The rising middle class in Bratislava craves new apartments

Slovakia is among the fastest-developing countries in the European Union. Industry is the most important business segment of the Slovakian economy, accounting for approximately one fourth of the economy. The country's economy has also grown thanks to the international automotive industry. Skodas, VW Touaregs, Porsche Cayennes and Audi Q7s are manufactured at least partly in Bratislava.

​​The rising middle class in Bratislava craves new apartments
​​The rising middle class in Bratislava craves new apartments

Finnish values are in high esteem in Slovakia. Interest in new apartments is rising hand in hand with the growing economy.

Five years ago, YIT acquired the Reding construction company in Slovakia. At the same time, the direction of the construction company with a good reputation was focused more on own housing and real estate development. It was the right move, as the company was rewarded as the construction company and real estate developer of the year already in 2014.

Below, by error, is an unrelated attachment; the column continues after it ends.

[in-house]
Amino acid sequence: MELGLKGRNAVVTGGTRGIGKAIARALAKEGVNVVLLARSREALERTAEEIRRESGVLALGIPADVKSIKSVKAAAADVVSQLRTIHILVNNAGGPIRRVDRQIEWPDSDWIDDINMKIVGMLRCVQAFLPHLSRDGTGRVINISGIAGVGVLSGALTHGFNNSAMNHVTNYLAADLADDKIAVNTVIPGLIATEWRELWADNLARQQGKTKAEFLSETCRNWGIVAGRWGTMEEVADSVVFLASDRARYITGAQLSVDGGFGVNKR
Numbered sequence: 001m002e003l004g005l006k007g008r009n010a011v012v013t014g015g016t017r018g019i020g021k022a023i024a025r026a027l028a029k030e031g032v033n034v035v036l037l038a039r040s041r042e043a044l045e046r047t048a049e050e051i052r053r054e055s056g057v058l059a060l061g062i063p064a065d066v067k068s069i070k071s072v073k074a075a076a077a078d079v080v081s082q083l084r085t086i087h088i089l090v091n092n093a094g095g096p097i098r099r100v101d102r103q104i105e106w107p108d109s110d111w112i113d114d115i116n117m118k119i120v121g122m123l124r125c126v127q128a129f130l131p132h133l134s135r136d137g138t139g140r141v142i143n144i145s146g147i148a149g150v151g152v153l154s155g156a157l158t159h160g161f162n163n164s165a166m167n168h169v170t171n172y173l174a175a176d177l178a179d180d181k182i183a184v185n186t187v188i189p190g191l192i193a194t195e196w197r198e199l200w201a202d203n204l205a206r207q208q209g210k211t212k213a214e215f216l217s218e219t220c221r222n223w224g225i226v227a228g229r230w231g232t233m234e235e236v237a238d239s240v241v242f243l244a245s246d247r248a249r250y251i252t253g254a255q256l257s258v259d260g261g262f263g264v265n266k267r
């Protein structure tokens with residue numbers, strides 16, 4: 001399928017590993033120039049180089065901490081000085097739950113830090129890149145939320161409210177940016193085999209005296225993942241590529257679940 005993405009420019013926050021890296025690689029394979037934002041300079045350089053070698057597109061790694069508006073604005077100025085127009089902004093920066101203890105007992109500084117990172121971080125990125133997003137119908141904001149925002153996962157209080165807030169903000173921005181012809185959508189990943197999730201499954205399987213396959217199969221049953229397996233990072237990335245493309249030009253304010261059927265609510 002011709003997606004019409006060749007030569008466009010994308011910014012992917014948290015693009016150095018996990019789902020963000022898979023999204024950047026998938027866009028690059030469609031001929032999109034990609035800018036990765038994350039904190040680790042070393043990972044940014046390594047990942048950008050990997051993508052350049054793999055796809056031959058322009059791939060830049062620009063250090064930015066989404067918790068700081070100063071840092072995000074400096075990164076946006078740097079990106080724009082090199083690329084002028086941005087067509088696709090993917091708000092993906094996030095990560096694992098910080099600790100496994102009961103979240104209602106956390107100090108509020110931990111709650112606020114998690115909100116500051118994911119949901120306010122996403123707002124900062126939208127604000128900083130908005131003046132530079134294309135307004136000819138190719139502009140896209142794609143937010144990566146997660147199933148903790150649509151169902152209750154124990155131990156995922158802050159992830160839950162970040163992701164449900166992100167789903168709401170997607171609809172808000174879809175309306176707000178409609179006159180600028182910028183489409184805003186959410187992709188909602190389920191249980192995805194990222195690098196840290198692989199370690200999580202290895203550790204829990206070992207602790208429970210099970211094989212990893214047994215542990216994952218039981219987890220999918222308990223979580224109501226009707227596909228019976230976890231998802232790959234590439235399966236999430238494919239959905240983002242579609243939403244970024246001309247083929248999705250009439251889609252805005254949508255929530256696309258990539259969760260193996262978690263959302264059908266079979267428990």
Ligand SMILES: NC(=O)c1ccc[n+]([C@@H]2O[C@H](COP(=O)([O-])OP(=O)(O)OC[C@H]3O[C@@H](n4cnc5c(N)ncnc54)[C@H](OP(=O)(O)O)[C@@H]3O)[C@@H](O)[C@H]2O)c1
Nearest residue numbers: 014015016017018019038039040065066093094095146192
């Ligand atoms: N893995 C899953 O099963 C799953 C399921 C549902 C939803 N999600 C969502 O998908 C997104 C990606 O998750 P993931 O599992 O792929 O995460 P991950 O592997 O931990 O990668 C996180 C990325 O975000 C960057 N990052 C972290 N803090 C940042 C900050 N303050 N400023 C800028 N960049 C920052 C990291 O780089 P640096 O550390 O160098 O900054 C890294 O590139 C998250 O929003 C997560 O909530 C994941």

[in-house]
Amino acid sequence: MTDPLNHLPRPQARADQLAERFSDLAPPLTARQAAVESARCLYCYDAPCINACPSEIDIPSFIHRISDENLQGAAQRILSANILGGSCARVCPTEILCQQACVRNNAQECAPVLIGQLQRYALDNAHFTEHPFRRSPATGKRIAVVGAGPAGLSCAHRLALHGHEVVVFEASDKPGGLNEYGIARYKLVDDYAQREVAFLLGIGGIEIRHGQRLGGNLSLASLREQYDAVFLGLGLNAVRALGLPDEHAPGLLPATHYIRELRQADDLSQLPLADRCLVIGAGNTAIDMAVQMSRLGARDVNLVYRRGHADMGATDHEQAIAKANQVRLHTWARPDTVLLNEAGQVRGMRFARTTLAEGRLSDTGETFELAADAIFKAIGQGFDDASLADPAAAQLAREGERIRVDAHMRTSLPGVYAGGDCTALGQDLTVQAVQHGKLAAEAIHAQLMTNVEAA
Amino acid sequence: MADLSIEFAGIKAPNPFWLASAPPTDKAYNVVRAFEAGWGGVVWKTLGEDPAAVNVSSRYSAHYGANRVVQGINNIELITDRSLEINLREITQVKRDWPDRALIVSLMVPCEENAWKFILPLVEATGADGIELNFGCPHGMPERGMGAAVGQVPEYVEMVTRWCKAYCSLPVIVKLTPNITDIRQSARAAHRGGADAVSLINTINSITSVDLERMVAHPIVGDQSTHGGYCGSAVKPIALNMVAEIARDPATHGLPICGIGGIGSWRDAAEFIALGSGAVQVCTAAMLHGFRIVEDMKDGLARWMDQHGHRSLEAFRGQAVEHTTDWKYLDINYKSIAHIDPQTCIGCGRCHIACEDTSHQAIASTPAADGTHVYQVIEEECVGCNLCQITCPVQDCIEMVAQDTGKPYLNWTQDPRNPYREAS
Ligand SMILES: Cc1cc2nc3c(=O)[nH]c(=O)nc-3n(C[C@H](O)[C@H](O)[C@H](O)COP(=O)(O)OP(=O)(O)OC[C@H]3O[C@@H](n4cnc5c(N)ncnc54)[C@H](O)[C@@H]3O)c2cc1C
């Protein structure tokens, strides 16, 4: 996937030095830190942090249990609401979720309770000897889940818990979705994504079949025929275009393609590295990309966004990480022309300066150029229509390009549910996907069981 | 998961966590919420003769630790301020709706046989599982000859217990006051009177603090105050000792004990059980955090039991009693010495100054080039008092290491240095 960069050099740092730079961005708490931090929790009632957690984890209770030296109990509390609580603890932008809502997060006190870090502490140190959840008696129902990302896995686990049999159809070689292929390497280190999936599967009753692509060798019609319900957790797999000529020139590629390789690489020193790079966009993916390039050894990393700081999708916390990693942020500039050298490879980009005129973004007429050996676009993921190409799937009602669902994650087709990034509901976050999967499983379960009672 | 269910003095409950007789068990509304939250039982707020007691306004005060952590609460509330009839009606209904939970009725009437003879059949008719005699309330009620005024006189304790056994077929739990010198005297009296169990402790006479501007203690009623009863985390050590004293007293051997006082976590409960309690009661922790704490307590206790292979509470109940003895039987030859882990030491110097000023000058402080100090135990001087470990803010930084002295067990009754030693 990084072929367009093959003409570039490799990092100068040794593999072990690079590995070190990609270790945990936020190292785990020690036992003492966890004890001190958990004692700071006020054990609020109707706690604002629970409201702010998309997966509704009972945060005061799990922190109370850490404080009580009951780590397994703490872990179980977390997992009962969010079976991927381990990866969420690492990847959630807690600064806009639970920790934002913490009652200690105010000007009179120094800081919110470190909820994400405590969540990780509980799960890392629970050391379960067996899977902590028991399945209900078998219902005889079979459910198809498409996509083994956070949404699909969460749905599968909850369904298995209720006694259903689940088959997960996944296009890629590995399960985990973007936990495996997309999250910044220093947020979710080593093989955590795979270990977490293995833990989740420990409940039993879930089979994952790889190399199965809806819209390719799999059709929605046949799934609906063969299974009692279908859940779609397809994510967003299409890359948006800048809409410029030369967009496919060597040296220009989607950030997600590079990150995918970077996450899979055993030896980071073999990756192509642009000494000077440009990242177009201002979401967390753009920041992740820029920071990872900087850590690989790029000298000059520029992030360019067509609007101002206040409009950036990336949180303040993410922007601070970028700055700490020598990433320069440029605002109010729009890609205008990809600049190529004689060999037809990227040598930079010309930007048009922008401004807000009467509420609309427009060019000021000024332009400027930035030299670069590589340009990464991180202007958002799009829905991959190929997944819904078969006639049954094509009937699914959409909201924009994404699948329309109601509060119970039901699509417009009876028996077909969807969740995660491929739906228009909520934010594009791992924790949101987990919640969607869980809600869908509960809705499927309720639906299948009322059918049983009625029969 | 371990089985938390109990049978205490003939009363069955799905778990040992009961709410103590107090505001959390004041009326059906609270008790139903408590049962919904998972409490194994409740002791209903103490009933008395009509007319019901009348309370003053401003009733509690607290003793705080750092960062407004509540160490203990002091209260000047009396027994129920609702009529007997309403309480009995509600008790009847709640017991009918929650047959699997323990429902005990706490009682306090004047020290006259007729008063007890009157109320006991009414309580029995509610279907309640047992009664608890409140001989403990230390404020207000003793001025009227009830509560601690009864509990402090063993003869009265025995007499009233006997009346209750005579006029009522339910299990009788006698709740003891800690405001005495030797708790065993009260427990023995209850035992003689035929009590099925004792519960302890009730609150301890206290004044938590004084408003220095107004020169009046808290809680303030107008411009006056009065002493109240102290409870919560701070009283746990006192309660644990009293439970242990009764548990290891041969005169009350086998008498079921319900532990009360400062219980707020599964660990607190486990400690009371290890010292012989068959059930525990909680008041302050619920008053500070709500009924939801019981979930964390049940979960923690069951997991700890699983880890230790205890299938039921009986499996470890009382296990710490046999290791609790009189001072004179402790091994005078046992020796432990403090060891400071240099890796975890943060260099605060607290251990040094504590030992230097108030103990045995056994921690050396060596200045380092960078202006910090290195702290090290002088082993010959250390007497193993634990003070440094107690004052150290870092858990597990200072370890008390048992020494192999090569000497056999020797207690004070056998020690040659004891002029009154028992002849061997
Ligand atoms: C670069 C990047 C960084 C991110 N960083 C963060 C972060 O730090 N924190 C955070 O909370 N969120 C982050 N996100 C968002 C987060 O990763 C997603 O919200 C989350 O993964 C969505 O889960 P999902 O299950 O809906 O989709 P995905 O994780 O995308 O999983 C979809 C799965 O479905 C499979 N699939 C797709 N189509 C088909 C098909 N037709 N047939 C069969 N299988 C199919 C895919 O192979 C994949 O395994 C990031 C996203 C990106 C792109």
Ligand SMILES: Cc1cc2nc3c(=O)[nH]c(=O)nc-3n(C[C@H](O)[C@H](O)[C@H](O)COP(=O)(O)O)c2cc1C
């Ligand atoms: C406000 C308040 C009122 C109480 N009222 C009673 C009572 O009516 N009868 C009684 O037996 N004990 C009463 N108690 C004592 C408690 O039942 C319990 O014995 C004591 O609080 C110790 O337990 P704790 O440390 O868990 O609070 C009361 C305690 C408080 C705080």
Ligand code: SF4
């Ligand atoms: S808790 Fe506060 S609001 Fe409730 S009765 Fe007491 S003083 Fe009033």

Slovakia is among the fastest-developing countries in the European Union. Industry is the most important business segment of the Slovakian economy, accounting for approximately one fourth of the economy. The country’s economy has also grown thanks to the international automotive industry. Škodas, VW Touaregs, Porsche Cayennes and Audi Q7s are manufactured at least partly in the country’s capital Bratislava, among others.

“Slovakia has a far-reaching common history with the Czech Republic, but the countries and their cultures are different. Slovaks are more merchants and Czechs engineers,” Tom Sandvik describes the difference. Sandvik is the head of the Baltic and Central Eastern Europe division.

Preferably to a new home

The economic growth is reflected in the housing market. The capital, Bratislava, is a city of approximately half a million residents. One fourth of them live in apartment buildings in an old mega-suburb, Petržalka City. Even though almost all of the buildings constructed during the socialist regime have been renovated to meet current requirements, these is a lot of demand for new and modern homes.

“After the 1989 velvet revolution, people wanted to live in satellite villages, but it is not an interesting option anymore. People want their children to go to good schools and have good recreational opportunities. In addition, long commutes take time from the family,” says Milan Murcko, CEO of YIT Reding.